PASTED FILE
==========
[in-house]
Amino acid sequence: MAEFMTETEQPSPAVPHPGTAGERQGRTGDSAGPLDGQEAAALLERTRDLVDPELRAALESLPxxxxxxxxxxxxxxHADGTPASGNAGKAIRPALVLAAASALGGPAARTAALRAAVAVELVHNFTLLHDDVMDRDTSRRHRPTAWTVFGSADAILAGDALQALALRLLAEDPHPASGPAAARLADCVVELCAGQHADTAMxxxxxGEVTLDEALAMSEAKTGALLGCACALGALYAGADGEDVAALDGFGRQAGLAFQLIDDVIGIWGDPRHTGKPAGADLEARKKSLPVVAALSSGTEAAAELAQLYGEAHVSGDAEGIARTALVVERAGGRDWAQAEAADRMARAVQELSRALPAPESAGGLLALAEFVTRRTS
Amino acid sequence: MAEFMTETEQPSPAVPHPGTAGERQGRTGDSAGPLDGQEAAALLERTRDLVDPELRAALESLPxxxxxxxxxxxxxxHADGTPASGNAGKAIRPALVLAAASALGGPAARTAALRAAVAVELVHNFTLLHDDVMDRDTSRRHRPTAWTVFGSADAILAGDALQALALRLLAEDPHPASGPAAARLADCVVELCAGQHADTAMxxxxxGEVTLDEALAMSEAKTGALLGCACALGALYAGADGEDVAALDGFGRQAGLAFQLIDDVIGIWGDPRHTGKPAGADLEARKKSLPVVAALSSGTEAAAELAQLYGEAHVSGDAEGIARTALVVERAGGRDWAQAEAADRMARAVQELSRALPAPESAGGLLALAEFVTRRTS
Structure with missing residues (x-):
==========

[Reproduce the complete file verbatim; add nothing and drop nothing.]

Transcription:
[in-house]
Amino acid sequence: MAEFMTETEQPSPAVPHPGTAGERQGRTGDSAGPLDGQEAAALLERTRDLVDPELRAALESLPxxxxxxxxxxxxxxHADGTPASGNAGKAIRPALVLAAASALGGPAARTAALRAAVAVELVHNFTLLHDDVMDRDTSRRHRPTAWTVFGSADAILAGDALQALALRLLAEDPHPASGPAAARLADCVVELCAGQHADTAMxxxxxGEVTLDEALAMSEAKTGALLGCACALGALYAGADGEDVAALDGFGRQAGLAFQLIDDVIGIWGDPRHTGKPAGADLEARKKSLPVVAALSSGTEAAAELAQLYGEAHVSGDAEGIARTALVVERAGGRDWAQAEAADRMARAVQELSRALPAPESAGGLLALAEFVTRRTS
Amino acid sequence: MAEFMTETEQPSPAVPHPGTAGERQGRTGDSAGPLDGQEAAALLERTRDLVDPELRAALESLPxxxxxxxxxxxxxxHADGTPASGNAGKAIRPALVLAAASALGGPAARTAALRAAVAVELVHNFTLLHDDVMDRDTSRRHRPTAWTVFGSADAILAGDALQALALRLLAEDPHPASGPAAARLADCVVELCAGQHADTAMxxxxxGEVTLDEALAMSEAKTGALLGCACALGALYAGADGEDVAALDGFGRQAGLAFQLIDDVIGIWGDPRHTGKPAGADLEARKKSLPVVAALSSGTEAAAELAQLYGEAHVSGDAEGIARTALVVERAGGRDWAQAEAADRMARAVQELSRALPAPESAGGLLALAEFVTRRTS
Structure with missing residues (x-):